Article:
The terms yam and sweet potato are often confused. We will examine the definitions of the words yam and sweet potato, where they came from and some examples of their use in sentences.
A yam is a starchy tuberous crop from Africa or Asia with a rough, brownish exterior and a white or yellowish interior. There is little carotene in a yam. It is a member of the Dioscorea genus, and usually comes from Caribbean countries. Yams may be eaten in place of rice, potatoes or bread. The word yam is derived from either the African word nyami meaning to eat, or the Spanish word igname.
A sweet potato is also a starchy tuberous crop from South or Central America with smooth orangish, reddish or brownish skin and red or orange flesh. It is a member of the Convolvulaceae family, which includes the morning glory flower. When African slaves encountered the sweet potato they called it a yam, as it reminded them of the tubers from their homeland. To this day, the terms yam and sweet potato are used interchangeably in the United States, though they are properly identified as two different crops. The sweet potato was originally simply called a potato, from the Haitian Carib word batata.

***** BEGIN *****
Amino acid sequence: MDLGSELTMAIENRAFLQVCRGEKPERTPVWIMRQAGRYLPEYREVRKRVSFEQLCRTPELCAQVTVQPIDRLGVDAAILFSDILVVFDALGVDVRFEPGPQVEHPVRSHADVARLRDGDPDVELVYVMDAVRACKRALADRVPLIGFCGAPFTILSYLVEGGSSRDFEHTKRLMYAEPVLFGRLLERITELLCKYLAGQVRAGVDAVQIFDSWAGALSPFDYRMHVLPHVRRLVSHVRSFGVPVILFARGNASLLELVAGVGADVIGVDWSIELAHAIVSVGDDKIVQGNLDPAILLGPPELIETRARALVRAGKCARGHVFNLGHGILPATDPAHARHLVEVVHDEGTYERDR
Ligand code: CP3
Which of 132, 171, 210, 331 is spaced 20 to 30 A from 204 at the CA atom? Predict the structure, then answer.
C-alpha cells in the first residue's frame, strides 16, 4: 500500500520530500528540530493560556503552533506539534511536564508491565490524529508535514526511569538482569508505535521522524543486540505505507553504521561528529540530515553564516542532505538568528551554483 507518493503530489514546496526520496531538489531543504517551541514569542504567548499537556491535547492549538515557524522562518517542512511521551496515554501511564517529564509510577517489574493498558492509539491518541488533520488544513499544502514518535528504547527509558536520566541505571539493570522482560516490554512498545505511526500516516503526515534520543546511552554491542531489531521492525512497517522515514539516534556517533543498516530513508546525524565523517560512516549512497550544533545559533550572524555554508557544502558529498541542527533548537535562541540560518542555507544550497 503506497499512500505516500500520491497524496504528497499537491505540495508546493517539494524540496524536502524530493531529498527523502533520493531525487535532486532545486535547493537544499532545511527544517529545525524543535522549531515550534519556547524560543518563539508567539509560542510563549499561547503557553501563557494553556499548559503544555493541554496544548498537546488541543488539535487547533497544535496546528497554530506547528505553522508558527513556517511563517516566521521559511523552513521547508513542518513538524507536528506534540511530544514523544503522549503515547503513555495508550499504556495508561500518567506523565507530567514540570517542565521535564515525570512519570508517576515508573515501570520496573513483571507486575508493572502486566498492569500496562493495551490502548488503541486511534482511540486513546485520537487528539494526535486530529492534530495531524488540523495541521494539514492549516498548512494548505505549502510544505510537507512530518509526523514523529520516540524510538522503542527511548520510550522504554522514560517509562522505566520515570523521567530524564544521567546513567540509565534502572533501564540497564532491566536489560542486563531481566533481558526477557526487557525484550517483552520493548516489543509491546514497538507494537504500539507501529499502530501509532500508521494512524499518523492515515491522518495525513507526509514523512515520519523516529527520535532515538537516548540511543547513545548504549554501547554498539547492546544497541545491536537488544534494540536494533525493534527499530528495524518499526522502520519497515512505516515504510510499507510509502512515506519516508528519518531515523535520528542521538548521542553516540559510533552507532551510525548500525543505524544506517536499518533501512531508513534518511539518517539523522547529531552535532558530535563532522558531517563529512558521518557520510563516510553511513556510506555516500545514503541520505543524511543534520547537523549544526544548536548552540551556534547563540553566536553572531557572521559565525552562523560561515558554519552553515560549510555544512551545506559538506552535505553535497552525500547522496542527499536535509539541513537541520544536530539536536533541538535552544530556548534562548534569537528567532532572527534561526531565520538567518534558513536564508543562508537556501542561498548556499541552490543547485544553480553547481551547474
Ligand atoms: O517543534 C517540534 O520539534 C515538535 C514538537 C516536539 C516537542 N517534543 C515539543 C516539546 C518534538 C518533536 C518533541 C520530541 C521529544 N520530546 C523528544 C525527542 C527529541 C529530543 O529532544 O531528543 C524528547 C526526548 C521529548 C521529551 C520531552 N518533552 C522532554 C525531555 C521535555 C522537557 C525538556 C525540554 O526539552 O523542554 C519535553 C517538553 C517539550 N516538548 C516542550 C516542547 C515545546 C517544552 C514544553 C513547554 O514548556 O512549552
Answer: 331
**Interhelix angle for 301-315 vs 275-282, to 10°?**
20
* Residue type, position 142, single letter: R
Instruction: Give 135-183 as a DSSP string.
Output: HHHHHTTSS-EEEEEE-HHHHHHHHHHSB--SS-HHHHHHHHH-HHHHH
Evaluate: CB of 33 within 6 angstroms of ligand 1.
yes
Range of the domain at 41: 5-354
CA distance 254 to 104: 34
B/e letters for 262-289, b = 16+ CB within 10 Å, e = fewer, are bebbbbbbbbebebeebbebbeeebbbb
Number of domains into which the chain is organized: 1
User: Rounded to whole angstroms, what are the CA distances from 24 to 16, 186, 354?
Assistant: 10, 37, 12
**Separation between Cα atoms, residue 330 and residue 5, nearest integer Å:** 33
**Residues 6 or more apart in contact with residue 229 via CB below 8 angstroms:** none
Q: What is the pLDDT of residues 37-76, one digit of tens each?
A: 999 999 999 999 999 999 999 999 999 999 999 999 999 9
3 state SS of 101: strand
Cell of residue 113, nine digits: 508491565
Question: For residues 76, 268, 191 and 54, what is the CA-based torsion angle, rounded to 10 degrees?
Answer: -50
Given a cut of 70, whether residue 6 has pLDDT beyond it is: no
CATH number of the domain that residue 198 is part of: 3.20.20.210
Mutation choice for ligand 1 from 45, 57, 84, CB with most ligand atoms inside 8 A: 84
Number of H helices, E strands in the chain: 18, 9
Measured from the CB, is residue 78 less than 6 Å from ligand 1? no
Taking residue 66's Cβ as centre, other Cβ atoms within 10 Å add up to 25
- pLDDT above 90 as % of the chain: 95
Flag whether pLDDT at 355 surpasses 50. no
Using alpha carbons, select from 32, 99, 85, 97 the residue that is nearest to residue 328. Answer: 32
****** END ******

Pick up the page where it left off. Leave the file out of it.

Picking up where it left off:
But since we’re friends, he must also know I once called him “a bloviating yam.” (The Washington Post)
Almost everything yam-like that you can find in a grocery store is actually going to be a sweet potato — even the ones with red skins. (The St. Louis Post-Dispatch)
The celebration of New Yam festival by Ndigbo is a cultural identity through which the people continue their quest for unity, peace and togetherness. (The Nation)